Like many other legacy brands these days, Dom Pérignon is undergoing a generational shift in leadership. But the roots for this change had been planted long ago.
Vincent Chaperon will take over as the new Chef de Cave, the French term for head winemaker, effective January 1, 2019, picking up the torch from his mentor Richard Geoffroy, who has served as the house’s cellar master for 28 years. The transition has the potential to go down as smoothly as the liquid gold they bottle given that the two have worked side-by-side since 2005.
Geoffroy’s departure coincides with the release of Dom Pérignon’s next vintage, the 2008, which Geoffroy described recently during an interview in New York City as an overcast year, quite similar to the house’s 1996 vintage. 2008, as Geoffroy explained, actually stood out with different weather patterns over the course of a decade, requiring the vintage more time to mature. (Thus, the 2009 was actually released first.)
Vintage champagnes are different from non-vintage champagnes—and your average white and red wines—in a number of ways, including how the grapes are sourced and for how long they are aged. One stipulation is that vintage Champagnes must be aged for at least three years in the bottle to achieve maturation. Vintages also come from grapes sourced during a single year—versus a blend of multiple years—meaning there is less produced, thus why they are typically more expensive.
Dom Pérignon’s vintage bottles serve as the prestige Champagne for Moët & Chandon, one of the world’s largest and most prominent winemakers as well as co-owners of luxury goods conglomerate LVHM.
During his tenure, Geoffroy, a native to the Champagne region, has overseen the production of at least 15 vintages.
Geoffroy also pushed the storied brand, which produced its first vintage in 1921, further into the 21st century with a number of branding and marketing partnerships under a glittery umbrella, dubbed “Drinking Stars.” The program conveniently coincided with the rise in popularity for celebrity chefs, seeing Dom Pérignon launch tasting menus with the likes of Michelin-starred chefs such as Alain Ducasse, Ferran Adrià, and Jean-François Piège.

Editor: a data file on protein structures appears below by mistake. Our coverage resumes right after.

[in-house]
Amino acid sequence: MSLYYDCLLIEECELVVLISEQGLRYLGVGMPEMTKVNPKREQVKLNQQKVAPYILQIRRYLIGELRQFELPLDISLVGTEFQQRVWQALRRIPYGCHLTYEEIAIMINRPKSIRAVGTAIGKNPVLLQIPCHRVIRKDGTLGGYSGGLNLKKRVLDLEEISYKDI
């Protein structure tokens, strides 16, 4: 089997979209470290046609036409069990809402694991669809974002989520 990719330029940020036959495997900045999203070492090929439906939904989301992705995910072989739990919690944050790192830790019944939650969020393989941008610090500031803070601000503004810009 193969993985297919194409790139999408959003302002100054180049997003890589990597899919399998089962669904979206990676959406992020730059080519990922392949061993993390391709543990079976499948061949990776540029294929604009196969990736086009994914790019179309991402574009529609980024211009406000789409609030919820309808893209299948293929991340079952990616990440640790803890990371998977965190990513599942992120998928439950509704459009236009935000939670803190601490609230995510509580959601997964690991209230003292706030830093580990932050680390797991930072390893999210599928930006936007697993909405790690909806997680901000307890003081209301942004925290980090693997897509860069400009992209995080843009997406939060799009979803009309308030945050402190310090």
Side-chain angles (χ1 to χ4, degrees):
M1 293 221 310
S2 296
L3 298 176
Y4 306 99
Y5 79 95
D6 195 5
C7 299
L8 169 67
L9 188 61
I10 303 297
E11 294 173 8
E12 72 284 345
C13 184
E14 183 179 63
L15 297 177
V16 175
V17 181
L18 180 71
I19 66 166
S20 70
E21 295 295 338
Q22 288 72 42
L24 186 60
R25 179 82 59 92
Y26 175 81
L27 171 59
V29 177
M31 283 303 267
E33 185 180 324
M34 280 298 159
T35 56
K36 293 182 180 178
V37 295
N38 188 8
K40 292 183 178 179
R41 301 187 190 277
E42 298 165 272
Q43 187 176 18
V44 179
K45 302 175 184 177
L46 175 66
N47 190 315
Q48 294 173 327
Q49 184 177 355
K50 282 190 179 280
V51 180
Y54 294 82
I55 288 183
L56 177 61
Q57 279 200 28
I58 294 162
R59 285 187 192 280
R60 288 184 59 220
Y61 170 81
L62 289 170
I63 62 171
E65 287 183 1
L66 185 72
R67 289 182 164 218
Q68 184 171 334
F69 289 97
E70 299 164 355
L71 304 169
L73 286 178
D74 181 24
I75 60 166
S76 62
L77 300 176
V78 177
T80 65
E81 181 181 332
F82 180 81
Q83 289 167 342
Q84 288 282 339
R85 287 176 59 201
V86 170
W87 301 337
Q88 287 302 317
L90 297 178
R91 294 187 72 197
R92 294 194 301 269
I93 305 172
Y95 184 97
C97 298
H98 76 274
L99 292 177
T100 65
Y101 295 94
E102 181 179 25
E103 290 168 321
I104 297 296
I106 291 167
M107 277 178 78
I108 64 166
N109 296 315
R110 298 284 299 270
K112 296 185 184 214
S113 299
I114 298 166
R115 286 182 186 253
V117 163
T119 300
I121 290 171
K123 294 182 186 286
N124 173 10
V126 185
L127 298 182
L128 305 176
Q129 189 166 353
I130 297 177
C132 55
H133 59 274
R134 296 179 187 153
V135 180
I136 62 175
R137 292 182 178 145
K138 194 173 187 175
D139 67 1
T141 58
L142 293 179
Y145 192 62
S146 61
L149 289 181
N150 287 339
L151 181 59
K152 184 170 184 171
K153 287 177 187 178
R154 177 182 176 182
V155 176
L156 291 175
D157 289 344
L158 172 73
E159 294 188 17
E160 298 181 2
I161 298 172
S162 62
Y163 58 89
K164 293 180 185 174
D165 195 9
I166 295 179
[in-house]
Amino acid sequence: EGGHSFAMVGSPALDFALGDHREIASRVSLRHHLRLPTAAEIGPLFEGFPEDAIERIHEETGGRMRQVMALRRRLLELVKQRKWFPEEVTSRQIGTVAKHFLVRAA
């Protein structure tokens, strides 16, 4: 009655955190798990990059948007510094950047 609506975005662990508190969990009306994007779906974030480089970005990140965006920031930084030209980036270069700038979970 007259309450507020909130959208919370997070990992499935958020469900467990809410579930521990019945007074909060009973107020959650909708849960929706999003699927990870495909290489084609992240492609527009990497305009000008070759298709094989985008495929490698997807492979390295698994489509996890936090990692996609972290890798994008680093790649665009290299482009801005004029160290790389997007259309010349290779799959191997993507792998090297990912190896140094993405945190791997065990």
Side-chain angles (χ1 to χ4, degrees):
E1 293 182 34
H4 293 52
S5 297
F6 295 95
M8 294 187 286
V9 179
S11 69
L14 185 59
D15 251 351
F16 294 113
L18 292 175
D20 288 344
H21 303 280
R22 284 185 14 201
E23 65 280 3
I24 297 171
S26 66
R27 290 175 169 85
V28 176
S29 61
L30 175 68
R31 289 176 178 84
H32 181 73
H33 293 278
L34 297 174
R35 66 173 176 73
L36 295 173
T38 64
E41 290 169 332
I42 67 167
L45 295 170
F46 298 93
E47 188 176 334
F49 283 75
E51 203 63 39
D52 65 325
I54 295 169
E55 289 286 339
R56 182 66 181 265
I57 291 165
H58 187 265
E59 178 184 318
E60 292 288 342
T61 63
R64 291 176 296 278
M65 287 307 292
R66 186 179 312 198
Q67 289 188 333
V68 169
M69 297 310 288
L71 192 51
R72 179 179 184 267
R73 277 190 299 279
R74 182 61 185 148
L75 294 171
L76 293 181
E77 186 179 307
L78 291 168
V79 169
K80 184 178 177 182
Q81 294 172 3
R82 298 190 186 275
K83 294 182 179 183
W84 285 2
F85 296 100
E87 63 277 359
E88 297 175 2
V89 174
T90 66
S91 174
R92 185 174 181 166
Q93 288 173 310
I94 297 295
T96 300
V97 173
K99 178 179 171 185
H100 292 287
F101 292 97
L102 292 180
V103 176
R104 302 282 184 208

Chaperon, who moved to Champagne from Bordeaux years ago, has already been with the house for nearly two decades, participating in 13 harvests and declared four vintages. Given how closely Chaperon and Geoffroy have worked together over the years, it’s inevitable that many of the same lessons and principles Geoffroy instilled will be applied by Chaperon as well.
The pair first met in 1999 after Chaperon had then recently graduated from the Montpellier oenology school, subsequently joining Moët & Chandon. Chaperon’s first assignment, which lasted a little over a year, was to manage the supply of natural cork stoppers for the entire Moët-Hennessy group.
“At the time I was really focused on the technical aspects of wine, and I found his request really inspiring, because it took my thinking to another level,” Chaperon says. “It gave me the luxury of dreaming and the energy to excel.”
Chaperon acknowledges that he and Geoffroy have different training and backgrounds, but he insists they share the same values: creating not just meaning, but also depth. Both of them, he continues, also value listening and respecting what the other person is saying.
“I intend to continue along the path that Richard has marked out, the path that leads from the land to the champagne lover,” Chaperon says.
Nevertheless, Chaperon acknowledges the need to push the brand further into the next decade for the next generation of oenophiles, keeping customers simultaneously satiated and wanting more.
“We are on a constant quest for perfection,” Chaperon explains. “It’s a lot like art: when you look at a work of art you experience something. Looking at it again—or tasting a wine again—becomes a new experience each time.”
The Legacy Limited Edition bottle will be the first release of Dom Pérignon Vintage 2008, available in the United States on November 1 for $179.99. There will be another bottle release in 2019.